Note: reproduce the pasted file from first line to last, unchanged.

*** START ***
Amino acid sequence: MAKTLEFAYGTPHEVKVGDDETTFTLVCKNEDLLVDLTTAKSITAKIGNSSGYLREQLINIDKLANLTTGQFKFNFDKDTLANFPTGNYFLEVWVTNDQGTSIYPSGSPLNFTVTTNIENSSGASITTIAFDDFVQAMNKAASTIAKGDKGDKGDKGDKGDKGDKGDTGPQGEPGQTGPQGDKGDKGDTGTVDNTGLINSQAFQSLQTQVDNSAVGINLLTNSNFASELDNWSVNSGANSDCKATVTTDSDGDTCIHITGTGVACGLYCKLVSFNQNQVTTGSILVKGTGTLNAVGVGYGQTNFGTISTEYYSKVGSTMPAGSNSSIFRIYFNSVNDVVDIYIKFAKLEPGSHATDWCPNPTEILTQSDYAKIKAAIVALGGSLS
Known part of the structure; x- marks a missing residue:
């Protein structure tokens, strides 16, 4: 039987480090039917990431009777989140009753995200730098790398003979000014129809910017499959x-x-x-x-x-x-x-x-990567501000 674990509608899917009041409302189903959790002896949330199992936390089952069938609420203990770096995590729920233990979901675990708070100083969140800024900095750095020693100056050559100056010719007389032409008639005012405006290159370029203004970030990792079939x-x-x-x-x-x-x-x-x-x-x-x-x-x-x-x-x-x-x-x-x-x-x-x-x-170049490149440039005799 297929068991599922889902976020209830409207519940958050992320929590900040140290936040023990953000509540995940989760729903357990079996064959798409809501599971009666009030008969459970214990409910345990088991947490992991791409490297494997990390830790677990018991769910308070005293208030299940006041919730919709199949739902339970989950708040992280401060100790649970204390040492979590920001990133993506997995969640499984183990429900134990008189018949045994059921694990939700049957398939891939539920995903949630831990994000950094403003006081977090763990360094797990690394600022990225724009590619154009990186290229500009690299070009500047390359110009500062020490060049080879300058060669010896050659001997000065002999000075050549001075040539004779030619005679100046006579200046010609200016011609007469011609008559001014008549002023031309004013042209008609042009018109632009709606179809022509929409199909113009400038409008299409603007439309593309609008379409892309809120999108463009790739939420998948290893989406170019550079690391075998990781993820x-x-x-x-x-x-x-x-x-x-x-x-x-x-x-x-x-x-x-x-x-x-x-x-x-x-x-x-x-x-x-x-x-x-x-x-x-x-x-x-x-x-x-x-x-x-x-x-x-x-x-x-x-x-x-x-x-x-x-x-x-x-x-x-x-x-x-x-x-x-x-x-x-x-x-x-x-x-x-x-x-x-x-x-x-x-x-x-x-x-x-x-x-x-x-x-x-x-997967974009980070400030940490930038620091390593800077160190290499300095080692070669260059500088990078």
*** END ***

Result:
Amino acid sequence: MAKTLEFAYGTPHEVKVGDDETTFTLVCKNEDLLVDLTTAKSITAKIGNSSGYLREQLINIDKLANLTTGQFKFNFDKDTLANFPTGNYFLEVWVTNDQGTSIYPSGSPLNFTVTTNIENSSGASITTIAFDDFVQAMNKAASTIAKGDKGDKGDKGDKGDKGDKGDTGPQGEPGQTGPQGDKGDKGDTGTVDNTGLINSQAFQSLQTQVDNSAVGINLLTNSNFASELDNWSVNSGANSDCKATVTTDSDGDTCIHITGTGVACGLYCKLVSFNQNQVTTGSILVKGTGTLNAVGVGYGQTNFGTISTEYYSKVGSTMPAGSNSSIFRIYFNSVNDVVDIYIKFAKLEPGSHATDWCPNPTEILTQSDYAKIKAAIVALGGSLS
Known part of the structure; x- marks a missing residue:
């Protein structure tokens, strides 16, 4: 039987480090039917990431009777989140009753995200730098790398003979000014129809910017499959x-x-x-x-x-x-x-x-990567501000 674990509608899917009041409302189903959790002896949330199992936390089952069938609420203990770096995590729920233990979901675990708070100083969140800024900095750095020693100056050559100056010719007389032409008639005012405006290159370029203004970030990792079939x-x-x-x-x-x-x-x-x-x-x-x-x-x-x-x-x-x-x-x-x-x-x-x-x-170049490149440039005799 297929068991599922889902976020209830409207519940958050992320929590900040140290936040023990953000509540995940989760729903357990079996064959798409809501599971009666009030008969459970214990409910345990088991947490992991791409490297494997990390830790677990018991769910308070005293208030299940006041919730919709199949739902339970989950708040992280401060100790649970204390040492979590920001990133993506997995969640499984183990429900134990008189018949045994059921694990939700049957398939891939539920995903949630831990994000950094403003006081977090763990360094797990690394600022990225724009590619154009990186290229500009690299070009500047390359110009500062020490060049080879300058060669010896050659001997000065002999000075050549001075040539004779030619005679100046006579200046010609200016011609007469011609008559001014008549002023031309004013042209008609042009018109632009709606179809022509929409199909113009400038409008299409603007439309593309609008379409892309809120999108463009790739939420998948290893989406170019550079690391075998990781993820x-x-x-x-x-x-x-x-x-x-x-x-x-x-x-x-x-x-x-x-x-x-x-x-x-x-x-x-x-x-x-x-x-x-x-x-x-x-x-x-x-x-x-x-x-x-x-x-x-x-x-x-x-x-x-x-x-x-x-x-x-x-x-x-x-x-x-x-x-x-x-x-x-x-x-x-x-x-x-x-x-x-x-x-x-x-x-x-x-x-x-x-x-x-x-x-x-x-997967974009980070400030940490930038620091390593800077160190290499300095080692070669260059500088990078």